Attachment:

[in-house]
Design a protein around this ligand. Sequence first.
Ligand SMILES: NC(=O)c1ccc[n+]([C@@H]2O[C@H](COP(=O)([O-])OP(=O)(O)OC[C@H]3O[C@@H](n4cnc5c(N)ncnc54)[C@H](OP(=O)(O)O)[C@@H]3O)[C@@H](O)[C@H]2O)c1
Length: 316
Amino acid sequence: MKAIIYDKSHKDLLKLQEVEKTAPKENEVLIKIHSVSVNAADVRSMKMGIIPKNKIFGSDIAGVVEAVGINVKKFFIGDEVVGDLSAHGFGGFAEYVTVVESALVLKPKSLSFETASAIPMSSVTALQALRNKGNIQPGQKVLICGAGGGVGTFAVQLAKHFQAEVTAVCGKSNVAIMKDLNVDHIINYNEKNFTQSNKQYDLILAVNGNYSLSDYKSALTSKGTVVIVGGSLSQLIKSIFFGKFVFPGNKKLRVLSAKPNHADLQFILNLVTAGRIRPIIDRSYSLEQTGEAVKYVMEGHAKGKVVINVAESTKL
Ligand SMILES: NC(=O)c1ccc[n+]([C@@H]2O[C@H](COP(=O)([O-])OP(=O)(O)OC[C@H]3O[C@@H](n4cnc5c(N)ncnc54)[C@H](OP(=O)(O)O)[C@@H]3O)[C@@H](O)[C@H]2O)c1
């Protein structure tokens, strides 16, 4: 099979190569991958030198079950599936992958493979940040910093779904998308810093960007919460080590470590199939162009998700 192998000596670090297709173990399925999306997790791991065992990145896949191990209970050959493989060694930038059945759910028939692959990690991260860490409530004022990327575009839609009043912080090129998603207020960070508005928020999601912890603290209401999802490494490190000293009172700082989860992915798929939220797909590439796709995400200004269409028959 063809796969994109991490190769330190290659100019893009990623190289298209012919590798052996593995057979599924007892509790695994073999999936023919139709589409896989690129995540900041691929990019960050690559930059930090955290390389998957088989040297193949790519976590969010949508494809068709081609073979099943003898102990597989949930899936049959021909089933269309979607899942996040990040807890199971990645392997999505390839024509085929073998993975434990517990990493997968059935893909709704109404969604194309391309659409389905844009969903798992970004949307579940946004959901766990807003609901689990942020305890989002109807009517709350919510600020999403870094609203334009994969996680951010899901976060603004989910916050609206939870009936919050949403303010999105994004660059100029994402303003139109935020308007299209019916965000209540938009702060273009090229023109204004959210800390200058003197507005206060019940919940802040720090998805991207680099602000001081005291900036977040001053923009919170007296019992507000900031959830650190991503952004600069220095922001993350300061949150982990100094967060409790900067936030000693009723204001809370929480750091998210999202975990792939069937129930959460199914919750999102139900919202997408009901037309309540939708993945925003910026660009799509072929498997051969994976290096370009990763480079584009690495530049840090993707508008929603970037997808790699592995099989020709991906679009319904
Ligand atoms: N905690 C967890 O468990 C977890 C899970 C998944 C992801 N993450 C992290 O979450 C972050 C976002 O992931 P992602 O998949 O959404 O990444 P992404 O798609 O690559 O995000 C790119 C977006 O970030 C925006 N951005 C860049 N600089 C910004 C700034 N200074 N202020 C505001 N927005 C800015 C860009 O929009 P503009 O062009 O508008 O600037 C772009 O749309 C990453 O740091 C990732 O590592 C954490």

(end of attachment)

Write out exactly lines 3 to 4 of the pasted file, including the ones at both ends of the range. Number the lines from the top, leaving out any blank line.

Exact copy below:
Ligand SMILES: NC(=O)c1ccc[n+]([C@@H]2O[C@H](COP(=O)([O-])OP(=O)(O)OC[C@H]3O[C@@H](n4cnc5c(N)ncnc54)[C@H](OP(=O)(O)O)[C@@H]3O)[C@@H](O)[C@H]2O)c1
Length: 316